Moshenek v. State , 868 N.E.2d 419 ( 2007 )


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  • 868 N.E.2d 419 (2007)

    David L. MOSHENEK, Appellant (Defendant below),
    v.
    STATE of Indiana, Appellee (Plaintiff below).

    No. 42S04-0706-PC-244.

    Supreme Court of Indiana.

    June 20, 2007.

    *420 Teresa D. Harper, Bloomington, IN, Attorney for Appellant.

    Steve Carter, Attorney General of Indiana, Kelly A. Miklos, Deputy Attorney General, Indianapolis, IN, Attorneys for Appellee.

    On Petition to Transfer from the Indiana Court of Appeals, No. 42A04-0511-PC-686.

    BOEHM, Justice.

    We hold that a trial court's ruling on a petition for permission to seek relief under Post-Conviction Rule 2 should be affirmed unless it was based on an error of law or a clearly erroneous factual determination. Moreover, if the trial court did not advise a defendant of the right to appeal the sentence in an "open plea," that may well suffice to meet the lack of fault requirement under Post-Conviction Rule 2 depending on other evidence, but the defendant must make some additional showing to establish diligence.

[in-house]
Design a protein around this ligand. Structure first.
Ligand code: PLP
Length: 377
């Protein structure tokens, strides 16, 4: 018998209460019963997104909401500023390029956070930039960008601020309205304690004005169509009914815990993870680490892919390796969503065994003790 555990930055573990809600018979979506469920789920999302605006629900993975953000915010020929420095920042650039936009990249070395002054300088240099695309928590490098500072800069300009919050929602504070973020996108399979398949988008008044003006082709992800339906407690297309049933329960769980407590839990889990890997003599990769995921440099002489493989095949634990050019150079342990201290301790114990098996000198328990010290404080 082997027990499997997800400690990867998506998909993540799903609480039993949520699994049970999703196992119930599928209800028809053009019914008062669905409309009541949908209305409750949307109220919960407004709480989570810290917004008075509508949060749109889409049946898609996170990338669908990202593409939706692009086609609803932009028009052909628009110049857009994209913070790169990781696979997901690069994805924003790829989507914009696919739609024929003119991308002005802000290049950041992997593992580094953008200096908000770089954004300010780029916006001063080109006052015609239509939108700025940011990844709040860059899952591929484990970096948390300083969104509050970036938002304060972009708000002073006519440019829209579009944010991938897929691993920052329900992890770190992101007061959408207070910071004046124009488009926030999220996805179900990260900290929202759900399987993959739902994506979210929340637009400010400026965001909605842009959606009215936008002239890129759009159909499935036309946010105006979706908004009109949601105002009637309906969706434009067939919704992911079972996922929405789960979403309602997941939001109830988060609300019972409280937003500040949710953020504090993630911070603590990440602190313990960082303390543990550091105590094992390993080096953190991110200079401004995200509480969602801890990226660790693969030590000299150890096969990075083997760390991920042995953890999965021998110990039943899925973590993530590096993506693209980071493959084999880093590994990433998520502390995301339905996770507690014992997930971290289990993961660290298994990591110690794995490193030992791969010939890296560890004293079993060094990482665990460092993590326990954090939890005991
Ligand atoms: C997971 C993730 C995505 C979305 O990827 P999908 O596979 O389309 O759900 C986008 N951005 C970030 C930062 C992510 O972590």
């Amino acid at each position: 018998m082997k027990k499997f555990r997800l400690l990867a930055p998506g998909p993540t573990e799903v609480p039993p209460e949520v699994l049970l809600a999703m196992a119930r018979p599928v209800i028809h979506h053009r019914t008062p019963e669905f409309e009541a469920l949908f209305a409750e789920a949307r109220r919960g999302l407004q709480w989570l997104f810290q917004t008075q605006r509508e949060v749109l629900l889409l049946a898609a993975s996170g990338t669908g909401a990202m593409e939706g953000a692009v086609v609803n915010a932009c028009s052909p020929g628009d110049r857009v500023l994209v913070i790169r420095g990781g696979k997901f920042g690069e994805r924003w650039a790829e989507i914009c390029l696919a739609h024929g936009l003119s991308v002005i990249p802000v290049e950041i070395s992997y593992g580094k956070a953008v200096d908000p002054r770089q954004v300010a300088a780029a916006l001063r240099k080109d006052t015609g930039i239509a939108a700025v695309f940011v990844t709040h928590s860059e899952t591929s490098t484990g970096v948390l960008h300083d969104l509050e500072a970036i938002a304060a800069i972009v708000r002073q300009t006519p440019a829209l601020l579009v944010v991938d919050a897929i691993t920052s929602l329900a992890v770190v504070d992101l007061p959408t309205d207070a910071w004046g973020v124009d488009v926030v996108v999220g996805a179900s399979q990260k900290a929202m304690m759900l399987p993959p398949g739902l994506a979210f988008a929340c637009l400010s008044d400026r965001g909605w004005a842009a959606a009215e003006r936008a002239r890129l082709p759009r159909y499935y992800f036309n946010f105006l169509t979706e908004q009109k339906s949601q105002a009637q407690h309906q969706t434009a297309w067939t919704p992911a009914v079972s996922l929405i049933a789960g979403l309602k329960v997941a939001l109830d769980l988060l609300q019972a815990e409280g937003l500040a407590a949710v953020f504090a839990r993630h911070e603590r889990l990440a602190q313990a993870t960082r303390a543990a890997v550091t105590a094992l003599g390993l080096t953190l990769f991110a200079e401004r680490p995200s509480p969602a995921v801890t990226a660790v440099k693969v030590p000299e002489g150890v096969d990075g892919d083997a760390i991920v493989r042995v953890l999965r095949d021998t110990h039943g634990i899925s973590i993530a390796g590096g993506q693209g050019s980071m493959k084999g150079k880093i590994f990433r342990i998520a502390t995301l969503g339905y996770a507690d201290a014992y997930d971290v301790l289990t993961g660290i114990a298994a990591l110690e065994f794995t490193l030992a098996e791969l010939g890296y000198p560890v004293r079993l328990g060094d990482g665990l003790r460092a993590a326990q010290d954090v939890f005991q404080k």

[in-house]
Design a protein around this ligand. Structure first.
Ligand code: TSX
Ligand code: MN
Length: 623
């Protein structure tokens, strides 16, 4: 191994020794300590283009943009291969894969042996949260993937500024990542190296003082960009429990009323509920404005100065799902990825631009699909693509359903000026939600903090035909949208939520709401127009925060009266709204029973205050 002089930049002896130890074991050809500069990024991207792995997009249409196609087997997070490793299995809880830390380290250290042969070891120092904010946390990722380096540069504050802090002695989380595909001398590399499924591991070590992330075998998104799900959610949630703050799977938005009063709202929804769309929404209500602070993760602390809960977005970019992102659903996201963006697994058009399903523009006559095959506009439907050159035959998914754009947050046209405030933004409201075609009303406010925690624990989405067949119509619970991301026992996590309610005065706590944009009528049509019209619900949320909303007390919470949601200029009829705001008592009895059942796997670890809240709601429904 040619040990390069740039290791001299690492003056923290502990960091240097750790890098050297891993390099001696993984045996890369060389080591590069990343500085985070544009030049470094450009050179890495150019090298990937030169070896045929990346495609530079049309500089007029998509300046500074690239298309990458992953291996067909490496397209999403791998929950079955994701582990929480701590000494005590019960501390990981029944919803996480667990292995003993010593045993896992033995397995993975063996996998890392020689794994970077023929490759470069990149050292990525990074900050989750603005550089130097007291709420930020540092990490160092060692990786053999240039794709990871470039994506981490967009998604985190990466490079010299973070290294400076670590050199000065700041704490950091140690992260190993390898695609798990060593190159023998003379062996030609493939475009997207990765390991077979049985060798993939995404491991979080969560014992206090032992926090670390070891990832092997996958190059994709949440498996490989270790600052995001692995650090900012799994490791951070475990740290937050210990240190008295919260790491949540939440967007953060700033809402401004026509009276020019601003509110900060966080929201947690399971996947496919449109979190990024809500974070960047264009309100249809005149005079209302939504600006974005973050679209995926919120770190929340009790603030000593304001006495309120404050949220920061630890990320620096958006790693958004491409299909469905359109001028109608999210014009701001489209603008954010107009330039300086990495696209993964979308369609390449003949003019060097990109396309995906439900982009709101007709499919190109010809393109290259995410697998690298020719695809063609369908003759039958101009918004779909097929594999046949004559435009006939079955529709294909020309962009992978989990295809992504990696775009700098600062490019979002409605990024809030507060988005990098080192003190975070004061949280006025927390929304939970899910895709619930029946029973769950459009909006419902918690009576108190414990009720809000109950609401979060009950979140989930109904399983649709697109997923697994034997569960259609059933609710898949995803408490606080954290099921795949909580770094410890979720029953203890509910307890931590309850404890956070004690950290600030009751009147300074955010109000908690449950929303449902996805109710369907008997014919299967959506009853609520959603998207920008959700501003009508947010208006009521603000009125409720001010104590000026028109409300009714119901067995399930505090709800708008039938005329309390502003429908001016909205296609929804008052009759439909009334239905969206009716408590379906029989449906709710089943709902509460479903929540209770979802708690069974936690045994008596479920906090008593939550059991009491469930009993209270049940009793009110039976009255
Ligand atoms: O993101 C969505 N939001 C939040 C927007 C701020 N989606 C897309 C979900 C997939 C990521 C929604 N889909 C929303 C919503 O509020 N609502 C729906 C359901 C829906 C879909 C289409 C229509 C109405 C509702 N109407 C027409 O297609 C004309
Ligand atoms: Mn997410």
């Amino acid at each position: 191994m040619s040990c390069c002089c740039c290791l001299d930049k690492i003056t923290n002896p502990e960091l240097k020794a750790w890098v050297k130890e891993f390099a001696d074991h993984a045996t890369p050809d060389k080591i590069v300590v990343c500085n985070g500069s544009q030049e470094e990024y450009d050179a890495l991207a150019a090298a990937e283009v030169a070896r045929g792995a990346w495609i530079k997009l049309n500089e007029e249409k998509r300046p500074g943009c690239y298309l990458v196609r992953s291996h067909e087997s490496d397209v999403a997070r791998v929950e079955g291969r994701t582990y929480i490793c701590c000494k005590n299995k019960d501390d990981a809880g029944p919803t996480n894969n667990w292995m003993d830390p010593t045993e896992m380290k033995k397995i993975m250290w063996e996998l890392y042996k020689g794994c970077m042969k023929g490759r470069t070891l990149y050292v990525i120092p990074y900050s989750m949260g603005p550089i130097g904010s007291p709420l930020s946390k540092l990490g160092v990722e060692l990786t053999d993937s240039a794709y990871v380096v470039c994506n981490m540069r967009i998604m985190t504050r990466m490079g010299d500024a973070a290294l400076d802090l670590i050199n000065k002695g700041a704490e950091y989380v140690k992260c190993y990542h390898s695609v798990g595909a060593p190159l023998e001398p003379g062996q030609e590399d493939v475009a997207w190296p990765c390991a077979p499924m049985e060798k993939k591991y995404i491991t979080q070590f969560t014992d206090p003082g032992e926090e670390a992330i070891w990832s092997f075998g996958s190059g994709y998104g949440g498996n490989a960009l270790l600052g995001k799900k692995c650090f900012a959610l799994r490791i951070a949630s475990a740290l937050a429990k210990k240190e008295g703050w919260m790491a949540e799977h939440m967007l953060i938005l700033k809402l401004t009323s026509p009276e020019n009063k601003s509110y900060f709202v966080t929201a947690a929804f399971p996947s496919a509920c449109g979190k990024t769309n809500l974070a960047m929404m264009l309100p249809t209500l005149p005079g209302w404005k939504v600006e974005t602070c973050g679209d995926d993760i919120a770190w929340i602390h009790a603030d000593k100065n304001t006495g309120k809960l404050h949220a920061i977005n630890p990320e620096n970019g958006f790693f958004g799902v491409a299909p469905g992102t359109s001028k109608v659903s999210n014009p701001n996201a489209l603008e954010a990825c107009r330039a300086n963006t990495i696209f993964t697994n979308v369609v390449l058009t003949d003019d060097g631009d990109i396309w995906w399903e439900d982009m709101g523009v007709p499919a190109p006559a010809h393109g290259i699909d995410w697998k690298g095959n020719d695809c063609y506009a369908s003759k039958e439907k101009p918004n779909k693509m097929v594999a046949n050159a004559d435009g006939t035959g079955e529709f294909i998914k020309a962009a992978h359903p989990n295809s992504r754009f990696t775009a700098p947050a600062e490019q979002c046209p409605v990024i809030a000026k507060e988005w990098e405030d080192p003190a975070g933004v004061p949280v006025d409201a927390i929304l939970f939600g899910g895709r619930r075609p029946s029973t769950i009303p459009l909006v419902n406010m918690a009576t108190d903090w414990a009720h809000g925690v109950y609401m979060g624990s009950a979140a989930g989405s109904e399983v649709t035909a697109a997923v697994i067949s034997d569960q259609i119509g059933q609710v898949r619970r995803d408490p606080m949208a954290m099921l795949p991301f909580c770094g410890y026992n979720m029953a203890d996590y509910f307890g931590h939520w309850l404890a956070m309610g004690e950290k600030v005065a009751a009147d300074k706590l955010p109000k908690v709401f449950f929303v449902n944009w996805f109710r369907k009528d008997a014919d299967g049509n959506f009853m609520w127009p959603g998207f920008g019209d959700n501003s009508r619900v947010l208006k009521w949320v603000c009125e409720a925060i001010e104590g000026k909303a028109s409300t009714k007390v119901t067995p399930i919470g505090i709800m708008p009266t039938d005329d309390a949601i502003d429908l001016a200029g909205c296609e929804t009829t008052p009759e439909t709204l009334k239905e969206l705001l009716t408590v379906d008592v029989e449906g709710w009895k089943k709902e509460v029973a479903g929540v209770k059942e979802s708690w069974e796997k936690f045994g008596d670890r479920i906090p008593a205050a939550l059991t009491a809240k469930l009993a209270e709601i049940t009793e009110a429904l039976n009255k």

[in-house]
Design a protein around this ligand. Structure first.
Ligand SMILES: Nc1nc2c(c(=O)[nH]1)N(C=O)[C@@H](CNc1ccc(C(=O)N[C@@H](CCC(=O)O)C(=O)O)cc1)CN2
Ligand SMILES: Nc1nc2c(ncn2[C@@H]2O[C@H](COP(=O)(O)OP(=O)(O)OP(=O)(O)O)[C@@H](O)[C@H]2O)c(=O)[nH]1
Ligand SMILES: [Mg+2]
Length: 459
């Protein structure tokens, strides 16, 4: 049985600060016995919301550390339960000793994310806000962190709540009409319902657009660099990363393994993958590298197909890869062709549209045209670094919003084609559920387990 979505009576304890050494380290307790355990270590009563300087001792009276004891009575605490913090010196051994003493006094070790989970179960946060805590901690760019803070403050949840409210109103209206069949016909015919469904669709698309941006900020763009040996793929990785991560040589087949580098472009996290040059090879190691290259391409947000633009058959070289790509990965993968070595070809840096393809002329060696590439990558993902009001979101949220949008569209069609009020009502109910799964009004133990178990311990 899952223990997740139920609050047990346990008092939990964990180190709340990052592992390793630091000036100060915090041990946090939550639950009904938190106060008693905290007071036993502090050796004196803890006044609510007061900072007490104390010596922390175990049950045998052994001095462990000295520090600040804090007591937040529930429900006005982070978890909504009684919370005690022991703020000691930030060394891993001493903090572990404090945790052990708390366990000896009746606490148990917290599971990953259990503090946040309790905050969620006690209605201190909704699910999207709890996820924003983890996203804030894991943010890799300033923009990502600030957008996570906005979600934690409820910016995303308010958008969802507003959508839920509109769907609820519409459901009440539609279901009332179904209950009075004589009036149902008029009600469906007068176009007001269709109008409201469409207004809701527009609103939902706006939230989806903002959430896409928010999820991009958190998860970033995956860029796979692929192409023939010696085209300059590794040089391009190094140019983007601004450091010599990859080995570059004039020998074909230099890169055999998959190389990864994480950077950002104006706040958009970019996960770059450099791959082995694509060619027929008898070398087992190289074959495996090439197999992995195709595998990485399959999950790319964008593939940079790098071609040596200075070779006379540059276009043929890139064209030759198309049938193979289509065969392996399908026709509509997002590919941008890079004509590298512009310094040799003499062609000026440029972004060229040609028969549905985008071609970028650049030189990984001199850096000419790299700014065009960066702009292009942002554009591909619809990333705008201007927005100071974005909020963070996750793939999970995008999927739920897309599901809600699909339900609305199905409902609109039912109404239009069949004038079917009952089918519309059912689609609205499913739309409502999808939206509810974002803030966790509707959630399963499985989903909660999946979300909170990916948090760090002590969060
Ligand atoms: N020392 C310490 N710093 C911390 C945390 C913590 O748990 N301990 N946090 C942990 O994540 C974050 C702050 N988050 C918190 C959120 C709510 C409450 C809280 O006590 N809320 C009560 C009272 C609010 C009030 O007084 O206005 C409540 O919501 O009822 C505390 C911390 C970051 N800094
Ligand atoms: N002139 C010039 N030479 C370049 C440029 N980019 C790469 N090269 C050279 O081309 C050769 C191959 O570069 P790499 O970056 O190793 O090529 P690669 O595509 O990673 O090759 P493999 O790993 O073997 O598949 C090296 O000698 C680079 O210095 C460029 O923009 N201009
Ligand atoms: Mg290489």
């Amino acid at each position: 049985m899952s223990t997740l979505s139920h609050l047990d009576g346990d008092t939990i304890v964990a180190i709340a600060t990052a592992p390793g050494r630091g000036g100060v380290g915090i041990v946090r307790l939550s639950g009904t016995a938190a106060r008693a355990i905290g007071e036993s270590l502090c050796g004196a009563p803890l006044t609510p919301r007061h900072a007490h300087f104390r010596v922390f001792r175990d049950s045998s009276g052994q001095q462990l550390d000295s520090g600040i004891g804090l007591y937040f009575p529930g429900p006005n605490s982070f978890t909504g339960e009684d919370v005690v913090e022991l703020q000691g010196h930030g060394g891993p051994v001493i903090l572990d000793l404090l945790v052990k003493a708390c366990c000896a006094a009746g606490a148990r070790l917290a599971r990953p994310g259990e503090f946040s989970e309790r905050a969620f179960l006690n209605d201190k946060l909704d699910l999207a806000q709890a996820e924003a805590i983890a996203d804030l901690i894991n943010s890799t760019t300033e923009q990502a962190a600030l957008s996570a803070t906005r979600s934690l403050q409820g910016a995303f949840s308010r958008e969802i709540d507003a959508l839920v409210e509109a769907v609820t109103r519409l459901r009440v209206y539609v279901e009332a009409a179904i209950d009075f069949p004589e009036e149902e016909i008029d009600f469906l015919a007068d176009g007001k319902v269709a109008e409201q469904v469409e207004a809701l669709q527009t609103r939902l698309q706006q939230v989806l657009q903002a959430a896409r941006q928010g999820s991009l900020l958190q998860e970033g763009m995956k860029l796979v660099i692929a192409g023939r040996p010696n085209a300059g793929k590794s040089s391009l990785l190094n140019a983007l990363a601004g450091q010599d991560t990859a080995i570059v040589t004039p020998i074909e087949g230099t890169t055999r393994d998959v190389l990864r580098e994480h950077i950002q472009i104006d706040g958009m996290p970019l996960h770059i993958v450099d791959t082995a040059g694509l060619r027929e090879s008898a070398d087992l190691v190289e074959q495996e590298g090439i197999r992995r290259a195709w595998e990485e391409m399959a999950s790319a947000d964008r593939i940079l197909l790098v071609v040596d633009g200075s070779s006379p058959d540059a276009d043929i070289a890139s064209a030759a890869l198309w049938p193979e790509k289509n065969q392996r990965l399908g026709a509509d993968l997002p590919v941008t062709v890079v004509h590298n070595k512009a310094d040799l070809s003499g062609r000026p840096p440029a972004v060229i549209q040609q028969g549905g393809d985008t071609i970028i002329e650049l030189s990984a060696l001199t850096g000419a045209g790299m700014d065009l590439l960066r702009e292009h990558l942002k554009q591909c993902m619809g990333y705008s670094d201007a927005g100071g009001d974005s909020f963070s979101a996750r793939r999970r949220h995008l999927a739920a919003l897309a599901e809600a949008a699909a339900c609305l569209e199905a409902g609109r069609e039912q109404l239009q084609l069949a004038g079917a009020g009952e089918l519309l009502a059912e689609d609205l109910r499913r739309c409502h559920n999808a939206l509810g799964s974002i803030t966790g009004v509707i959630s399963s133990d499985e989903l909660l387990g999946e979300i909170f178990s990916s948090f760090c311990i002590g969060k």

Factual and Procedural Background

    On August 28, 1988, twenty-one year old David Moshenek followed Anthony Barrix as Barrix drove from the house of Heidi Sutton, whom Moshenek had dated for over two years. Moshenek forced Barrix's car off the road, and the two started to fight. Ultimately Moshenek stabbed Barrix repeatedly with a knife, and Barrix, who was unarmed, died at the scene. Moshenek then put Barrix's body in Barrix's car and drove to a shed behind Moshenek's home, where he buried the body the next morning.